The time has come to bring the onboarding process for directors into the 21st century. It’s no longer an option for new directors to be left with a box of reading material, or a link to a board portal where information from the board can be accessed, and told to get on with their role without any additional support. For boards serious about the new director making a valuable contribution as swiftly as possible, it’s imperative that they have a well-planned and efficiently implemented 18-24-month “journey of learning” induction programme. Inductions should be front of mind even before an appointment is made, with expectations and role clarity communicated as early as the recruitment process.

With many boards still operating in emergency mode it’s vital that they follow the seven steps to director onboarding outlined in this blog. Only then will new directors be able to add value to the board much sooner than they would have done in the past.

For more advice on how to effectively onboard new directors, or how you can make sure your board is adding value, please get in touch with one of our experienced consultants.

John is the Managing Partner of Integrity Governance. He specialises in working with businesses at a point of inflection, and boards and businesses under pressure due to change.

-Managing Partner of Integrity Governance

-Specialises in point of corporate inflection, and changes to corporate structure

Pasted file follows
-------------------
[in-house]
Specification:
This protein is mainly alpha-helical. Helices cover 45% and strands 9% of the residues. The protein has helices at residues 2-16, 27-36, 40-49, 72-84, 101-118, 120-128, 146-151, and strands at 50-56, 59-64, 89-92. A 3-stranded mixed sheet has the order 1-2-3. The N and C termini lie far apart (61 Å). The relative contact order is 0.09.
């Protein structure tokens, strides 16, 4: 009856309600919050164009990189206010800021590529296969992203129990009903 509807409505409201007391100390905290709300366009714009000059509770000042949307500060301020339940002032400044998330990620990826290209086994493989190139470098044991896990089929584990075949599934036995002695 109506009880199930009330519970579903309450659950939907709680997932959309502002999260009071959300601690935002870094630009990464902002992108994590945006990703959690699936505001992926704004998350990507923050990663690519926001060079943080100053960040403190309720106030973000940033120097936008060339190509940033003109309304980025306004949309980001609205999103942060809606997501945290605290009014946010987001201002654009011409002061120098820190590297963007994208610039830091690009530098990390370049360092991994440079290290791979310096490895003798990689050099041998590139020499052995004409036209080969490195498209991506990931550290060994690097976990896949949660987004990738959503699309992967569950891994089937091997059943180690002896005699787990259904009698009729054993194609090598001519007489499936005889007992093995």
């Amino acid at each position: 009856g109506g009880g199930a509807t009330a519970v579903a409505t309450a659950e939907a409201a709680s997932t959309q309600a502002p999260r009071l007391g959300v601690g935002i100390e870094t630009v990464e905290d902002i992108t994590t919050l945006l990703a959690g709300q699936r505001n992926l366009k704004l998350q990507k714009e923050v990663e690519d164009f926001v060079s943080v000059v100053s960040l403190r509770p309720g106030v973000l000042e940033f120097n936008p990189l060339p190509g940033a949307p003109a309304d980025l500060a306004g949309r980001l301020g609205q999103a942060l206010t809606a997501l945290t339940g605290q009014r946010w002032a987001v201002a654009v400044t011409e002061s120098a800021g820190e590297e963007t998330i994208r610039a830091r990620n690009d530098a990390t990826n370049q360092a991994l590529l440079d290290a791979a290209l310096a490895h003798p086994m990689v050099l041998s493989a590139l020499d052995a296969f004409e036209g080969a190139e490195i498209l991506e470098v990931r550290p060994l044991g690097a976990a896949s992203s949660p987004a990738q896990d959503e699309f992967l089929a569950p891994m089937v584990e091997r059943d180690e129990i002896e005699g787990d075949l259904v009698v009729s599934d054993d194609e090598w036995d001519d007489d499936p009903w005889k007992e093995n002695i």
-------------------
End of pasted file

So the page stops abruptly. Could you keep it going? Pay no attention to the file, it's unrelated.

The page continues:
-Previously: chief executive, chairman and director in numerous global companies

-International facilitator for the Australian Institute of Company Directors

Prior to establishing Integrity Governance over 17 years ago, John worked across a range of industries and held chief executive, chairman and director roles in a number of companies around the world. John’s extensive experience means he’s equipped to help you navigate growth, new markets, mergers, acquisitions and crises; and the pressures of new ownership, generational, economic or legislative forces .

John is a core international facilitator for the Australian Institute of Company Directors, and is an in-demand speaker and thought leader on board effectiveness, practical governance and business disruption. He’s a Fellow of the Australian Institute of Company Directors, the Institute of Directors (UK), Financial Services Institute of Australia, a Board Leadership Fellow of the National Association of Corporate Directors (USA) and a member of the Chartered Institute of Public Relations.